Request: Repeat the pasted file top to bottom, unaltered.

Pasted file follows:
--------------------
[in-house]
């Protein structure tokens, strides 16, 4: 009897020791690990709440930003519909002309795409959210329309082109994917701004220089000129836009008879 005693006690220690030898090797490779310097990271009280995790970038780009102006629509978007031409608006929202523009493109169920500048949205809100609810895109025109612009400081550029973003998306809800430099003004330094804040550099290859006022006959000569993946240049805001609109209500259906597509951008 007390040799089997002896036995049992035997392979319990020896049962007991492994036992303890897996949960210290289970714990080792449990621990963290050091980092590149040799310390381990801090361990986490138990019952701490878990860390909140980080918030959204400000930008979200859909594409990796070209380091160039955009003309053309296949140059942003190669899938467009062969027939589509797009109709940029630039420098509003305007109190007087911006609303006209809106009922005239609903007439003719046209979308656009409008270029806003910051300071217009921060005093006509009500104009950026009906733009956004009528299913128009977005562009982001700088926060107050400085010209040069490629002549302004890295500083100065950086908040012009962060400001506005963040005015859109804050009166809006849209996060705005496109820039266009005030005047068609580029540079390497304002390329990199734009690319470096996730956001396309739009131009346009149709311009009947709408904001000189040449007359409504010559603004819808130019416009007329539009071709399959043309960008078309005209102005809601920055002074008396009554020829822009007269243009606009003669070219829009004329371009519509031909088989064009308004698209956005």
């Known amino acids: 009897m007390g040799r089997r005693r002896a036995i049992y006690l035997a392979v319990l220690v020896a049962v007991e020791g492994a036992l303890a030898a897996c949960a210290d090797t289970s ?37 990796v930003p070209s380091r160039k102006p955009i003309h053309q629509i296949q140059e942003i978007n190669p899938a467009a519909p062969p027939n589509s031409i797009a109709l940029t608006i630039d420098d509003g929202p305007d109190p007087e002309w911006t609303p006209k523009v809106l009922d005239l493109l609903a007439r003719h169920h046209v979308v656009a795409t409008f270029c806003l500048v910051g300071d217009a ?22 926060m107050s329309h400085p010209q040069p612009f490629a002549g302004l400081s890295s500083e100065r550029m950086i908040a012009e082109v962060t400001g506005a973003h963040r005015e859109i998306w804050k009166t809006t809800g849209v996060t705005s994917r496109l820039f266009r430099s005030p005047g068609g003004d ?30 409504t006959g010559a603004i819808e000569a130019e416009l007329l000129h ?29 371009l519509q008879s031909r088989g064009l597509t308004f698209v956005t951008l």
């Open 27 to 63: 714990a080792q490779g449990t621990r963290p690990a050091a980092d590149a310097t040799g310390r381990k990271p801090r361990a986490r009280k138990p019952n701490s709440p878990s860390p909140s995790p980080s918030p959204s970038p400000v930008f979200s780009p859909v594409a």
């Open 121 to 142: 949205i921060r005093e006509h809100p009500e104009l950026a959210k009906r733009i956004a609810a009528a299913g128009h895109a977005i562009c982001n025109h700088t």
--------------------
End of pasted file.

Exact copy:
[in-house]
């Protein structure tokens, strides 16, 4: 009897020791690990709440930003519909002309795409959210329309082109994917701004220089000129836009008879 005693006690220690030898090797490779310097990271009280995790970038780009102006629509978007031409608006929202523009493109169920500048949205809100609810895109025109612009400081550029973003998306809800430099003004330094804040550099290859006022006959000569993946240049805001609109209500259906597509951008 007390040799089997002896036995049992035997392979319990020896049962007991492994036992303890897996949960210290289970714990080792449990621990963290050091980092590149040799310390381990801090361990986490138990019952701490878990860390909140980080918030959204400000930008979200859909594409990796070209380091160039955009003309053309296949140059942003190669899938467009062969027939589509797009109709940029630039420098509003305007109190007087911006609303006209809106009922005239609903007439003719046209979308656009409008270029806003910051300071217009921060005093006509009500104009950026009906733009956004009528299913128009977005562009982001700088926060107050400085010209040069490629002549302004890295500083100065950086908040012009962060400001506005963040005015859109804050009166809006849209996060705005496109820039266009005030005047068609580029540079390497304002390329990199734009690319470096996730956001396309739009131009346009149709311009009947709408904001000189040449007359409504010559603004819808130019416009007329539009071709399959043309960008078309005209102005809601920055002074008396009554020829822009007269243009606009003669070219829009004329371009519509031909088989064009308004698209956005």
């Known amino acids: 009897m007390g040799r089997r005693r002896a036995i049992y006690l035997a392979v319990l220690v020896a049962v007991e020791g492994a036992l303890a030898a897996c949960a210290d090797t289970s ?37 990796v930003p070209s380091r160039k102006p955009i003309h053309q629509i296949q140059e942003i978007n190669p899938a467009a519909p062969p027939n589509s031409i797009a109709l940029t608006i630039d420098d509003g929202p305007d109190p007087e002309w911006t609303p006209k523009v809106l009922d005239l493109l609903a007439r003719h169920h046209v979308v656009a795409t409008f270029c806003l500048v910051g300071d217009a ?22 926060m107050s329309h400085p010209q040069p612009f490629a002549g302004l400081s890295s500083e100065r550029m950086i908040a012009e082109v962060t400001g506005a973003h963040r005015e859109i998306w804050k009166t809006t809800g849209v996060t705005s994917r496109l820039f266009r430099s005030p005047g068609g003004d ?30 409504t006959g010559a603004i819808e000569a130019e416009l007329l000129h ?29 371009l519509q008879s031909r088989g064009l597509t308004f698209v956005t951008l």
């Open 27 to 63: 714990a080792q490779g449990t621990r963290p690990a050091a980092d590149a310097t040799g310390r381990k990271p801090r361990a986490r009280k138990p019952n701490s709440p878990s860390p909140s995790p980080s918030p959204s970038p400000v930008f979200s780009p859909v594409a």
């Open 121 to 142: 949205i921060r005093e006509h809100p009500e104009l950026a959210k009906r733009i956004a609810a009528a299913g128009h895109a977005i562009c982001n025109h700088t």